Transport matters: Railway must make itself pay

The re-opening of the Borders Railway on September 6 is now less than three months away. Network Rail has completed its testing of the track and handed the line over to Scotrail so that it can train its staff, and the final work on the stations is almost complete.

This is particularly significant, as the Scottish Borders has been without an operational station since the line was closed on January 6, 1969, 46½ years ago, after a comparatively short period of opportunity for people to object.

The grounds of objection were effectively only hardship, which was countered by ensuring the provision of ‘alternative bus services’ at every station. These did not last long. Railway passengers do not often consider bus services to be an adequate alternative to the trains, especially as they take quite a lot longer on the journey and cannot carry heavy luggage or bicycles, but evidently these disadvantages were not considered hardship. Very few passengers used them and most were soon withdrawn.

Re-opening a railway, or even just a station, is a very much longer process than closing it . The first requirement is to establish a ‘business case’. This depends on the number of people expected to use the trains, and any other financial benefits which can be expected. These figures cannot be plucked out of the air – they have to be based on real solid, provable expectations. Nevertheless, there have been several reopenings, mostly in Scotland, where a business case sufficiently robust to convince the politicians has been established.

In most cases the number of passengers expected in the first twelve months in the business case, has actually been achieved within the first three or four months of opening.

This re-assertion of the British attitude to public transport (that it is a business), is in contrast to the attitude in most other parts of the world, where it is regarded as a service. It is demonstrable that the existence of good public transport benefits the wider economy, and not only the people who use it.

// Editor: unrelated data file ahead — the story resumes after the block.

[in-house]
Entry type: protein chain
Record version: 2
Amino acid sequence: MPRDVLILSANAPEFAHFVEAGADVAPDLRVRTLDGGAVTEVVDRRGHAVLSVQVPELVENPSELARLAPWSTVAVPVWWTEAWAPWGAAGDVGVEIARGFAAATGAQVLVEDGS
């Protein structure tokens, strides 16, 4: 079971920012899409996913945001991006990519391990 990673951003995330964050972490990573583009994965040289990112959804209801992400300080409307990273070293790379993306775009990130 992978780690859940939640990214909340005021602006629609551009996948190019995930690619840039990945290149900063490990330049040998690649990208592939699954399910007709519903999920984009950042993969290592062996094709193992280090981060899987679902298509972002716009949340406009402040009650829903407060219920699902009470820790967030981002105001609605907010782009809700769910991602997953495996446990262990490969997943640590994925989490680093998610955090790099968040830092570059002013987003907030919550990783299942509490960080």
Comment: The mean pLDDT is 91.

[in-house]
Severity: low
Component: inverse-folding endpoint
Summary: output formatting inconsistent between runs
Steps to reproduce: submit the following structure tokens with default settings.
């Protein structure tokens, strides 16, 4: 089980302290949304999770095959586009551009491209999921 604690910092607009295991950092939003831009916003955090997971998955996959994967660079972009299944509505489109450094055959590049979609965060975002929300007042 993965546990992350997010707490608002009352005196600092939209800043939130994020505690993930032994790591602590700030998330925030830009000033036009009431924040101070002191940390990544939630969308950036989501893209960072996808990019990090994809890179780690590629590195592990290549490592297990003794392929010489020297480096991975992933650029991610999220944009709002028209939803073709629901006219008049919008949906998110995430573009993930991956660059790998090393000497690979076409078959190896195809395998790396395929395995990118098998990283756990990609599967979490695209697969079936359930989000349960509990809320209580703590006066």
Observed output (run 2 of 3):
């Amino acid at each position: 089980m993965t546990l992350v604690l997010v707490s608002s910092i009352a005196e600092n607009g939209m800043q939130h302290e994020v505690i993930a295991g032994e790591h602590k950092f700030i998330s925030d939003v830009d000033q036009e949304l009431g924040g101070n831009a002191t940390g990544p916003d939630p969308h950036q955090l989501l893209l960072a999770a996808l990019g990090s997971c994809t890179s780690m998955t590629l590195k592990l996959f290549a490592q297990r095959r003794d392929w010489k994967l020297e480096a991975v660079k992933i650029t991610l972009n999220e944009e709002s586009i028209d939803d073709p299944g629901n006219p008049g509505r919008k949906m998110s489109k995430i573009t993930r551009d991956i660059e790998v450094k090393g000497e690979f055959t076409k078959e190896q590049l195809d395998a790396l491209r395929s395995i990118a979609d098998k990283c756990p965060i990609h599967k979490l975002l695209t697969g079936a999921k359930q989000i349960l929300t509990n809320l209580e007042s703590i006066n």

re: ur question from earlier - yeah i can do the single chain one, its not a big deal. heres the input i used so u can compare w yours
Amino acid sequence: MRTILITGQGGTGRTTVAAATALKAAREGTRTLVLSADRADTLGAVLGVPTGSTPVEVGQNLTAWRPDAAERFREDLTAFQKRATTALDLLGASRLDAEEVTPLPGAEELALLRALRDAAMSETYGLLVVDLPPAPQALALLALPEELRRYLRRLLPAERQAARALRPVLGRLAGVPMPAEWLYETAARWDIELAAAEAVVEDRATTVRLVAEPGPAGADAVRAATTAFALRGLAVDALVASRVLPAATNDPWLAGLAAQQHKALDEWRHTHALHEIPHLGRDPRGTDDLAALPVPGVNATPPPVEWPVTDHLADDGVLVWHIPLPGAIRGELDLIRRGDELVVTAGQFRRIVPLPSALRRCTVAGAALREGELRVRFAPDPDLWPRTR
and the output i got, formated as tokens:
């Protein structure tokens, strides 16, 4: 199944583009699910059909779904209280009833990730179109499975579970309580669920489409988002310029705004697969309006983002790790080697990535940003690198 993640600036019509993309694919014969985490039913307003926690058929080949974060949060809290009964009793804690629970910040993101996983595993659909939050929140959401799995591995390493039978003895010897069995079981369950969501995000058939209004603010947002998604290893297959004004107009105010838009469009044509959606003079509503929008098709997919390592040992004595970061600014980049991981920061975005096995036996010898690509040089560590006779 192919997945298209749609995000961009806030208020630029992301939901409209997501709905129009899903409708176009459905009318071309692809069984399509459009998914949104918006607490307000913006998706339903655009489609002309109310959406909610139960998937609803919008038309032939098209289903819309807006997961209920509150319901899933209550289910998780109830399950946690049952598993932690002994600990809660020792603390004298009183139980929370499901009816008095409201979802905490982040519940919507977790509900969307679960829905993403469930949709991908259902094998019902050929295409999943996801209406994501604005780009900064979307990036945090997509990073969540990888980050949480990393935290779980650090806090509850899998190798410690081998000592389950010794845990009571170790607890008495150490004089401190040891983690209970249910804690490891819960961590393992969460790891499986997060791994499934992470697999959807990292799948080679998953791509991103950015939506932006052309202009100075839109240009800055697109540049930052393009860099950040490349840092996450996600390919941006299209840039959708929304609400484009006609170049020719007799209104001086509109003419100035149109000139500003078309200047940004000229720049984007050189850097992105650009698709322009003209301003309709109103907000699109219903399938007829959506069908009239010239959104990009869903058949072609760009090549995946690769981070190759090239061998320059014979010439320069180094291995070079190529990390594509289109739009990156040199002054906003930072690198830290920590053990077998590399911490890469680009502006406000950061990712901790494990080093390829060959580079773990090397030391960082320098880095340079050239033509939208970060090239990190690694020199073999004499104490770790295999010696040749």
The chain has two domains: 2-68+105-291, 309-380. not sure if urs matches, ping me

This is more difficult to quantify in terms of hard cash, but it opens up employment opportunities and has enormous social benefits.

Many of the railway closures fifty years ago would not have happened if the government had been more far-sighted. As it was, the only criterion used was profitability. The Prime Minister, Harold Macmillan, simply wanted to stem the losses made by the railways without taking into account any of the indirect economic and social benefits that accrued from their existence.

He appointed as Minister of Transport a man whose business was to build roads, particularly motorways, and gave him the responsibility to adjudicate on railway closures. He in turn appointed a brilliant economist with no knowledge of transport, and gave him a bus map which showed that virtually no communities would be left isolated if there were no railways.

The result was inevitable. Only the long-distance and heavily-used commuter routes would remain. Wayside stations on the main lines would be closed. It all happened so fast that opposition was not organised sufficiently well or in time to stop it.

The philosophy was that even the long-distance services would decline as the motorway network developed, so the British Railways Board struggled for years to obtain approval for developments such as main-line electrification.

The Board was so cash-strapped that it could not carry out the full maintenance regime which a busy railway required. It was not until the turn of the century that the government finally admitted that perhaps people really did want their railways.

The number of passengers has risen 70% in a decade. It was 2009 before Lord Adonis, the Secretary of State for Transport, kick-started the developments which are now gathering pace in England.

As with so many things, Scotland has been ahead of the game.

Lines and stations have been re-opened and electrification is taking place in the central belt. Many improvements have taken place in Scotland and continue to do so.

Which brings us to Reston. While the Borders Railway will bring operational stations back into the central Scottish Borders this year, the eastern Borders will benefit from the re-opening of Reston station on the East Coast Main Line within the next year or two. It was intended to be next year, but it has been delayed until more suitable trains for use on the main line are available in 2018.